Slumdog Millionaire; and Q&A, by Vikas Swarup

Slumdog Millionaire won the Oscar for Best Picture of 2008 and seven others, Best Director (Danny Boyle), Best Adapted Screenplay, Best Cinematography, Best Film Editing, Best Original Score and Best Sound Editing. The other films up for Best Picture were The Curious Case of Benjamin Button, Frost/Nixon, Milk and The Reader, none of which I have seen. The Hugo and Nebula that year both went to WALL-E.

Slumdog Millionaire is 4th on one IMDB ranking but only 26th on the other, with The Dark Knight, WALL-E and Iron Man ahead of it on both lists. Along with Hellboy II: The Golden Army, those were the Hugo nominees and I saw them all. Weirdly enough I watched Mamma Mia! for the first time also last weekend; apart from the, the only other 2008 film I have seen is The Duchess, based on half a chapter of Amanda Foreman’s book.

For the second time in a row (after No Country for Old Men), I found no credited actors in common with other Oscar-winning films, Hugo or Nebula winners, or Doctor Who; perhaps a bit less surprising in this case, as almost all of the cast are from India and have made their careers there, and the kids in the flashback scenes have in general not become actors now that they have grown up.

It’s a film about a boy from the slums who wins the Indian equivalent of Who Wants to Be a Millionaire? because his life experiences happen to mesh with the questions. As the film starts, he is arrested just before the final question is asked on suspicion of cheating, and explains his knowledge to a sceptical policeman, once they have finished torturing him, providing a series of flashbacks which tell the story of his life.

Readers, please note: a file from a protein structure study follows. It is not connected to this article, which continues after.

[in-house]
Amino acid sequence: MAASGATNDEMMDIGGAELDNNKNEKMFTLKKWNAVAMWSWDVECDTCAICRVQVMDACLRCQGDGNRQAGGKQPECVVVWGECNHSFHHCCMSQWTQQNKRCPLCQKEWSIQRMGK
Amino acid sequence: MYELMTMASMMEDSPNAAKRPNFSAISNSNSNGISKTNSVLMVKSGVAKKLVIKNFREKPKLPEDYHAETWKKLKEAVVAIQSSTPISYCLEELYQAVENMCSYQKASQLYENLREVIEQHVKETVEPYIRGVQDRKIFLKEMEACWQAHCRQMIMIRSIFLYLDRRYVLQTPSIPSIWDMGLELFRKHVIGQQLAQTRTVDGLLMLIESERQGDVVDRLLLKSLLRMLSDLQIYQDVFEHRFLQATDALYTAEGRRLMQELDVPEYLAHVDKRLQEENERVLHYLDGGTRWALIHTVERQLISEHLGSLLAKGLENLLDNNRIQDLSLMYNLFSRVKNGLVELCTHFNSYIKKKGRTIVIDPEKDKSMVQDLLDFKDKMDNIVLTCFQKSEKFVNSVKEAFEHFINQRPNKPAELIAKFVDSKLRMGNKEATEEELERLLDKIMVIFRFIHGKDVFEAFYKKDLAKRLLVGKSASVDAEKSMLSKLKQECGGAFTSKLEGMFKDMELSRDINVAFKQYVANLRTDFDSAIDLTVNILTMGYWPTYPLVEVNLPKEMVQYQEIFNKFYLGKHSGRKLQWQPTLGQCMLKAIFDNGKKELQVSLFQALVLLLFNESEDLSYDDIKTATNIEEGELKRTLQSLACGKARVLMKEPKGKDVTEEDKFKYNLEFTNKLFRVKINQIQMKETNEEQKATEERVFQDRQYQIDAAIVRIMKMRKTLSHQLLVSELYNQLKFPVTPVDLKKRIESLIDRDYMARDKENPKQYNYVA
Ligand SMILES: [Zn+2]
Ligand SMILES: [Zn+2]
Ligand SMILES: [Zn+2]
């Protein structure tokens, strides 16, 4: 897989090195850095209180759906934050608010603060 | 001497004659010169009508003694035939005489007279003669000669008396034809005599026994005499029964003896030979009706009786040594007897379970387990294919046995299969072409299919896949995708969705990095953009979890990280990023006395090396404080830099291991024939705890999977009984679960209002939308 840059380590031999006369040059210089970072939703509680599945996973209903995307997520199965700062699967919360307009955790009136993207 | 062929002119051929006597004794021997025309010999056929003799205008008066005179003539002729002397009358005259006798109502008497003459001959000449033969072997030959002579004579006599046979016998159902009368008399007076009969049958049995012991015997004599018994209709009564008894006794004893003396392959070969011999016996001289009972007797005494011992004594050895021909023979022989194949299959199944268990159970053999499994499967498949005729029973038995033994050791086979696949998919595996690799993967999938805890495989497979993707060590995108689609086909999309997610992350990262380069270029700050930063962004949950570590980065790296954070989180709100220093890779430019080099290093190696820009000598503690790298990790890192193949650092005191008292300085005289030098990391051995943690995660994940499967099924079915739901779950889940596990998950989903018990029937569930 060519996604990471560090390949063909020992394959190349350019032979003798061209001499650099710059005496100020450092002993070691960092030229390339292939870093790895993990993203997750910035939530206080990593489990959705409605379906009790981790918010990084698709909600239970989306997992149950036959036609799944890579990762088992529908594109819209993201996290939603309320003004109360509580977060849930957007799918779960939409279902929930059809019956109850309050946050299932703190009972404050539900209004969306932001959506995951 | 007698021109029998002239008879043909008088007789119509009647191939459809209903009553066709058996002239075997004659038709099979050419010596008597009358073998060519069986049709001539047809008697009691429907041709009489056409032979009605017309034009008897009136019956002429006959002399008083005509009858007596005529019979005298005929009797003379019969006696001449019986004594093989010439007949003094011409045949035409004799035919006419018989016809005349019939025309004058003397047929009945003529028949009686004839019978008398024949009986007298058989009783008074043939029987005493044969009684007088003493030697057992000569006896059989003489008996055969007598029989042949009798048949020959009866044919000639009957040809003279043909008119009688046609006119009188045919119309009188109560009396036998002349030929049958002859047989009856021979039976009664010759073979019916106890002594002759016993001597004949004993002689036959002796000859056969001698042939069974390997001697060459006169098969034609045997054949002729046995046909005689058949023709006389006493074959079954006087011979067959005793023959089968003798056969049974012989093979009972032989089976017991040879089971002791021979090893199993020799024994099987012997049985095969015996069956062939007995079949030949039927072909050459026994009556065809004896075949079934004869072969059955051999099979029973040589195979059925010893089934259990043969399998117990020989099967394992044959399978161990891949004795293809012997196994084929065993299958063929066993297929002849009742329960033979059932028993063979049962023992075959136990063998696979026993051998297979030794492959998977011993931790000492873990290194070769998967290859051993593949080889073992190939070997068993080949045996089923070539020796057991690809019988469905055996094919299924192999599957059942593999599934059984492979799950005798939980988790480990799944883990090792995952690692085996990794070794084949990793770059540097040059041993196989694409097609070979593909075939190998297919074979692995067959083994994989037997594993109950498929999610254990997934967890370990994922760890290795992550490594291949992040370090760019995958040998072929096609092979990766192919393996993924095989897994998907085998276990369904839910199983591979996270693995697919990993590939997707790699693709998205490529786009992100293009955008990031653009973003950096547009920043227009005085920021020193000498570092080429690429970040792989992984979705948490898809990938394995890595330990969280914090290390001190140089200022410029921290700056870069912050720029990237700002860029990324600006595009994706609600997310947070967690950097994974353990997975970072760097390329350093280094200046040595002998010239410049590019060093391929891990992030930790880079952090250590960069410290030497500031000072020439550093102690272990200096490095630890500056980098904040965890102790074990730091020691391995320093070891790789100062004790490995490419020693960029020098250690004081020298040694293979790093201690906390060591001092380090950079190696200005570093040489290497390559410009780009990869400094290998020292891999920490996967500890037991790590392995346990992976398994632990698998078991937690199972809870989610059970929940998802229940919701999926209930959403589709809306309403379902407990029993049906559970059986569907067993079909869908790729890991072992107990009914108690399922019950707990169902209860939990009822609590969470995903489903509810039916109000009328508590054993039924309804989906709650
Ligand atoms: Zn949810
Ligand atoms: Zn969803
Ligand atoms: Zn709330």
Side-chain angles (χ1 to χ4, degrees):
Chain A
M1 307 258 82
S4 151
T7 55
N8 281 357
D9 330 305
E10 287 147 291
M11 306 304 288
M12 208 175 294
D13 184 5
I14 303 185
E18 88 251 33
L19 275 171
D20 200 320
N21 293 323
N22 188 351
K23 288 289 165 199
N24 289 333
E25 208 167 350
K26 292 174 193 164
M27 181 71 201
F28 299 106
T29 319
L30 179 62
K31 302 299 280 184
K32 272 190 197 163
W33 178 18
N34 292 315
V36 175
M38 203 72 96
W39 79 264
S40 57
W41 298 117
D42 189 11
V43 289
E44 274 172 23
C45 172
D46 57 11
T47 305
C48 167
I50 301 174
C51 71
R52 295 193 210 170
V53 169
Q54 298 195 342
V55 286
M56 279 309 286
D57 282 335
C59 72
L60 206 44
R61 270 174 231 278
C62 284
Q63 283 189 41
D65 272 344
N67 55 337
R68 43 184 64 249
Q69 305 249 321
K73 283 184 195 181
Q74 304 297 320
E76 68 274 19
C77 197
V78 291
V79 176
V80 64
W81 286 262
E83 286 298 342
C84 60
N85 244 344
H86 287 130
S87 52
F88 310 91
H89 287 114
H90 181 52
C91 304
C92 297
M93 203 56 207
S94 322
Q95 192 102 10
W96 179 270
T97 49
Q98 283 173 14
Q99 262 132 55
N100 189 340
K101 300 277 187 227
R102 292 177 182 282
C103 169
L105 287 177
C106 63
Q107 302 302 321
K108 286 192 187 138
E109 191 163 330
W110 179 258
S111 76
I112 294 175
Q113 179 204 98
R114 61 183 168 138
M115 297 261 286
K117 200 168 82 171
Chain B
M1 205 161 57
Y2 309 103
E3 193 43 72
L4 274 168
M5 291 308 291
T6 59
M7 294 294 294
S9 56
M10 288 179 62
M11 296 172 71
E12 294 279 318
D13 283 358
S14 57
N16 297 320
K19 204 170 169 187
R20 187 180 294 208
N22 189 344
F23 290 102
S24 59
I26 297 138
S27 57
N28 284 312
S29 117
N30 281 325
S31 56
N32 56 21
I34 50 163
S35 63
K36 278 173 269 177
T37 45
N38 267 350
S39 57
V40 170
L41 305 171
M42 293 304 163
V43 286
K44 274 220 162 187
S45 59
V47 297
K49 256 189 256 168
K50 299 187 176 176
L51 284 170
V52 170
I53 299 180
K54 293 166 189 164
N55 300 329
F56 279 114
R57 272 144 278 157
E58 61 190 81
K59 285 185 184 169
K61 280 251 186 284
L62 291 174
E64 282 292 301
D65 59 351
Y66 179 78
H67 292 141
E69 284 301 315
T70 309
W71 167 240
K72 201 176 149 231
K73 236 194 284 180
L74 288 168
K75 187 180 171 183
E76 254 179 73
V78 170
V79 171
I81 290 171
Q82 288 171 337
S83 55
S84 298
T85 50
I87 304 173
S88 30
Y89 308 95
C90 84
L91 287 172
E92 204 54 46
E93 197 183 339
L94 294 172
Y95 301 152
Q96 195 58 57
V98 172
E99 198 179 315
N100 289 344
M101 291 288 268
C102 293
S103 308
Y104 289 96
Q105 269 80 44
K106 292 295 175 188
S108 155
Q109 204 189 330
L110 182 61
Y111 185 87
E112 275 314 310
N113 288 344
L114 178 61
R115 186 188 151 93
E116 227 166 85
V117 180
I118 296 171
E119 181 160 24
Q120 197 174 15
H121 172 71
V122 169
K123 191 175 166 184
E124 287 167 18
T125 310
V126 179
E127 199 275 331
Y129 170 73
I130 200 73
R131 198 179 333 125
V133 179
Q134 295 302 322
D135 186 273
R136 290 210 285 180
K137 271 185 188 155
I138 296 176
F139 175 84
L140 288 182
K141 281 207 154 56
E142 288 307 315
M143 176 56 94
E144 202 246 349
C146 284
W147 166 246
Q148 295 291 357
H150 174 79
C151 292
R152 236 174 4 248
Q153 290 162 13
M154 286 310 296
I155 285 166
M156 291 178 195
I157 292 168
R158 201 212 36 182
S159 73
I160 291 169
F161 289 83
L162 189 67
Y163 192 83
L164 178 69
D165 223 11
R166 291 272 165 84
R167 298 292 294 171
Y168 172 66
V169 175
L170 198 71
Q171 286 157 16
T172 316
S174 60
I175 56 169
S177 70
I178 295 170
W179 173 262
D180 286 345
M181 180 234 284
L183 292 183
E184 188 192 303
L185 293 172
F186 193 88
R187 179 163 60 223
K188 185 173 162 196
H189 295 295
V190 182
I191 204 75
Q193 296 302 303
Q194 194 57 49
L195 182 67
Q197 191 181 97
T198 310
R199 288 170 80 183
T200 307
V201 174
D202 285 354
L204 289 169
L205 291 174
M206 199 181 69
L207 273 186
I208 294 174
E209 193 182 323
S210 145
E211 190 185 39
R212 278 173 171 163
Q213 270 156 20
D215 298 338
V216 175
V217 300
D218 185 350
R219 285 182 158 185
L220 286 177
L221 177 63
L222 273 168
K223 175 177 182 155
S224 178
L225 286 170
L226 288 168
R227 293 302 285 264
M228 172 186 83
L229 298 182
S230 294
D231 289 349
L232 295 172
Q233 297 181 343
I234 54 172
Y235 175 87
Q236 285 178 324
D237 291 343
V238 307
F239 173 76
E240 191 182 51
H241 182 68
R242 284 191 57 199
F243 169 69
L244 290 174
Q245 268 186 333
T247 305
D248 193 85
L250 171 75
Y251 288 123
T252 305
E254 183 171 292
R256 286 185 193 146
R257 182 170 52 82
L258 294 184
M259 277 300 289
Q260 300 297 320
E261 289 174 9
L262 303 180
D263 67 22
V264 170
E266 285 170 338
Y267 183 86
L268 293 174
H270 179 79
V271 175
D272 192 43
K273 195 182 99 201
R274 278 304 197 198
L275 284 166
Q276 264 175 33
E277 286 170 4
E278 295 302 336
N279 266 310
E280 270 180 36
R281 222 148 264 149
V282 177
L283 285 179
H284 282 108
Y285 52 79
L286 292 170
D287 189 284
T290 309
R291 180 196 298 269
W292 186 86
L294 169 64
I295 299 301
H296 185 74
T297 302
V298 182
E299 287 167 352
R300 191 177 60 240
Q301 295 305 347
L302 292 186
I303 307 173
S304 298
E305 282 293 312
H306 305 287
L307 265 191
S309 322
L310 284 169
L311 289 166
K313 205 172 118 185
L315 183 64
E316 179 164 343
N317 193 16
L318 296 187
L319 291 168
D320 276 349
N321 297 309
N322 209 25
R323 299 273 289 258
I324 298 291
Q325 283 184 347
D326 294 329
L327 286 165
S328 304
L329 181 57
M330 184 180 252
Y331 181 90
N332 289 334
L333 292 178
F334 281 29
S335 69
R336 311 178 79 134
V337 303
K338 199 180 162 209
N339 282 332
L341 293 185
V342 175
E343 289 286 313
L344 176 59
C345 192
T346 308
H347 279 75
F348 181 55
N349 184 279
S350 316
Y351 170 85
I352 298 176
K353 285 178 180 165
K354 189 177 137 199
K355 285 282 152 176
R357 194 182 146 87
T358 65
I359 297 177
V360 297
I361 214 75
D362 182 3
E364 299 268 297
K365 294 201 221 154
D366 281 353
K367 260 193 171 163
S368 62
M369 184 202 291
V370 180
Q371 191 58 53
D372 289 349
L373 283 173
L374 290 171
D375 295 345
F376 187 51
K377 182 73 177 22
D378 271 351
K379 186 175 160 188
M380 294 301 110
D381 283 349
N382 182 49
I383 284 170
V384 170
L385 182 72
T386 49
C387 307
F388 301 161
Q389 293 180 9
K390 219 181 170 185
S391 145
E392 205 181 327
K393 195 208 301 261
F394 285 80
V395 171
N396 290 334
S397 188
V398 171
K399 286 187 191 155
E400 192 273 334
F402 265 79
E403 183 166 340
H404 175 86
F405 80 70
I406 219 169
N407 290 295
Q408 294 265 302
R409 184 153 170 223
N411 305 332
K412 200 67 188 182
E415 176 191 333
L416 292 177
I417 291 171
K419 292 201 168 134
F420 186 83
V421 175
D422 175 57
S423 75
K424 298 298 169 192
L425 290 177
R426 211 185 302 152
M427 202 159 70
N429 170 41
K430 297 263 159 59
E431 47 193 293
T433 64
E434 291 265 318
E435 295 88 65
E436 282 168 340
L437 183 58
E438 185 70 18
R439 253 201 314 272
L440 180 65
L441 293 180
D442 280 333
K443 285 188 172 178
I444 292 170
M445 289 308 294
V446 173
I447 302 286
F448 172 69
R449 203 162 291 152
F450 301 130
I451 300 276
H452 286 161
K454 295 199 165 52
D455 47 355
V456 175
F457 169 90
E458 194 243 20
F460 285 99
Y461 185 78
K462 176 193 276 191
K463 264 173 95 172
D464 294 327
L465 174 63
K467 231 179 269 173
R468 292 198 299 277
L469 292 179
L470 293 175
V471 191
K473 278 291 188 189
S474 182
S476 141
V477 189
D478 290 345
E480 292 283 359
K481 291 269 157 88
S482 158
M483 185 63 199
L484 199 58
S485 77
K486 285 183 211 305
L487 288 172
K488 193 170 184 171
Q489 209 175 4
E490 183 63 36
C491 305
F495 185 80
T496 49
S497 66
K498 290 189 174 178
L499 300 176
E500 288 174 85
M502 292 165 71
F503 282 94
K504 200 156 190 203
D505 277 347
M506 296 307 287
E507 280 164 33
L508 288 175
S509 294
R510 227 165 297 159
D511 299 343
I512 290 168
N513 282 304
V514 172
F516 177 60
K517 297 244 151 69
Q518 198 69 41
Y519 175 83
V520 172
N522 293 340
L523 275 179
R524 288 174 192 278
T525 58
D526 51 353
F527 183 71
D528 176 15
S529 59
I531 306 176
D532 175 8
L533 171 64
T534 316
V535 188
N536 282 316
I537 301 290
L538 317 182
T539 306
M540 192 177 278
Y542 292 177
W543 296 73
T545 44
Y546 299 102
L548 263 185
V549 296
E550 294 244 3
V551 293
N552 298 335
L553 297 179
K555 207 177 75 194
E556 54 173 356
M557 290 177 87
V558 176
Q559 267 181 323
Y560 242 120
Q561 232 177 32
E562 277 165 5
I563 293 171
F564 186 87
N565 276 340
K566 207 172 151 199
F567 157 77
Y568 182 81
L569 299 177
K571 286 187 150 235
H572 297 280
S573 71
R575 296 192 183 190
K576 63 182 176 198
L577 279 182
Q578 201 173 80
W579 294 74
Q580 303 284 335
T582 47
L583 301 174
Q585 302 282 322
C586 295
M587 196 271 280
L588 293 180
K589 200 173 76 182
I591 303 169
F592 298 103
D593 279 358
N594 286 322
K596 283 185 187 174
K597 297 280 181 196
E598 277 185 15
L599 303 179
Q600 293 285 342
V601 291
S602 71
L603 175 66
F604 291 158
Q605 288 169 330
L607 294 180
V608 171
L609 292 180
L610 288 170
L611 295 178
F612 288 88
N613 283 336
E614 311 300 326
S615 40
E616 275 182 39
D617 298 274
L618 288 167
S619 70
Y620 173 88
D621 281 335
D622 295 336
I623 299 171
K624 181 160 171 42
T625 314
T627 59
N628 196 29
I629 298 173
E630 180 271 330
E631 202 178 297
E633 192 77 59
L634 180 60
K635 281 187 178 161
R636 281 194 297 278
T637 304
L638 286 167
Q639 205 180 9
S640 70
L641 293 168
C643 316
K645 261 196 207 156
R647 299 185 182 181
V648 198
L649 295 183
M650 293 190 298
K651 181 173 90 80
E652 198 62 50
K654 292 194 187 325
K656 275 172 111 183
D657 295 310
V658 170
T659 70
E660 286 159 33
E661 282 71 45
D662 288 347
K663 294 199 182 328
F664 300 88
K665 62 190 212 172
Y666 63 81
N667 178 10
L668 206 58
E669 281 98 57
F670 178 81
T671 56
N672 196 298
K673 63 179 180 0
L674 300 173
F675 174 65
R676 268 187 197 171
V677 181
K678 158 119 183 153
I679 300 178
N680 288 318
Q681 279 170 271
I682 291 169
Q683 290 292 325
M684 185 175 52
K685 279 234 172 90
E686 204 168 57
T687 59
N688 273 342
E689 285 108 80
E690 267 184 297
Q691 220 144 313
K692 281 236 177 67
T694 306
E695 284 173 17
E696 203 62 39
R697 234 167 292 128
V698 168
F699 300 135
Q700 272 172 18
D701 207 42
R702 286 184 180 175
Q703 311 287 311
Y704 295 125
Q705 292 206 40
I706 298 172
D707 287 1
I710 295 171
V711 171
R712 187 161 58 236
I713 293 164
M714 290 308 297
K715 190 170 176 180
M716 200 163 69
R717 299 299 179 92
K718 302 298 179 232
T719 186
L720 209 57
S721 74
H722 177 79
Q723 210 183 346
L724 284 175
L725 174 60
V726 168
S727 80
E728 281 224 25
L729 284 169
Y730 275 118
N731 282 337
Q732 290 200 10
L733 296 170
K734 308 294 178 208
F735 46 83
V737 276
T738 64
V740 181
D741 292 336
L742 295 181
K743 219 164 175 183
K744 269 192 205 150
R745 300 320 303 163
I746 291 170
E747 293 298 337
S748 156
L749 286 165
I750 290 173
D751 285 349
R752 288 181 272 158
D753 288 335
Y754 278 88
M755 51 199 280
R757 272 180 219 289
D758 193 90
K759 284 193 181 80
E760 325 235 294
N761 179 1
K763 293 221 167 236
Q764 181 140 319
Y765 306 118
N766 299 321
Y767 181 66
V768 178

So, to start with the bits I didn’t like, as usual. I did not like the torture scenes. What can I say. I am squeamish. It’s weirdly out of tone with the rest of the film. They’re in the book as well, but there is a lot more violence in the original novel, so it’s less dissonant, and also you don’t have to watch it on paper.

It’s probably the least white film to have won an Oscar so far in my watching, but it’s very male. There is one female lead character, Latika, played as an adult by Freida Pinto. Again, the book is better on this – it memorably features a faded actress, a washed-up princess, a sex worker with a heart of gold, and crucially the framing narrative has the protagonist telling his story to a woman lawyer rather than a male police inspector.

It reduces Indian society to 1) the struggle of the poor and 2) the dynamic between the protagonist’s Muslim origins versus the forces of nationalism and/or the state, as specifically experienced in Mumbai. That’s an important story of course, but once again the book has a lot more diversity – it is set in New Delhi and Agra as well as Mumbai, and we encounter Indian Christianity, Sikhs, and quite a lot of stupid white people.

And I must say I twitched when the credits flashed up and there was only one Indian name (Loveleen Tandan) among a host of Brits in the senior production team. Somehow this mattered less for Gandhi, which was as much as anything about the relationship between India and the outside world, especially Britain. Slumdog Millionaire purports to be an Indian story about Indian people, but it isn’t.

Having said all that, I did generally enjoy the film. To be grim about it, the interrogation of poverty and social division is a crucial driver of the narrative, and is firm and not subtle. The story starts with the protagonist’s mother being killed in sectarian riots, and life in the slums is vividly depicted.

To be more positive, Dev Patel is great as Jamal, and all of the cast basically glow. I liked the comfortable bilingualism of the script (thanks to Loveleen Tandan apparently). I love quiz shows. I also love the interweaving of narratives where the past unexpectedly informs the present. It’s nice that a crucial plot point depends on The Three Musketeers, a novel which I like more than it really deserves. It looks fantastic and colourful in all the right ways. There is a happy ending. And the music is good.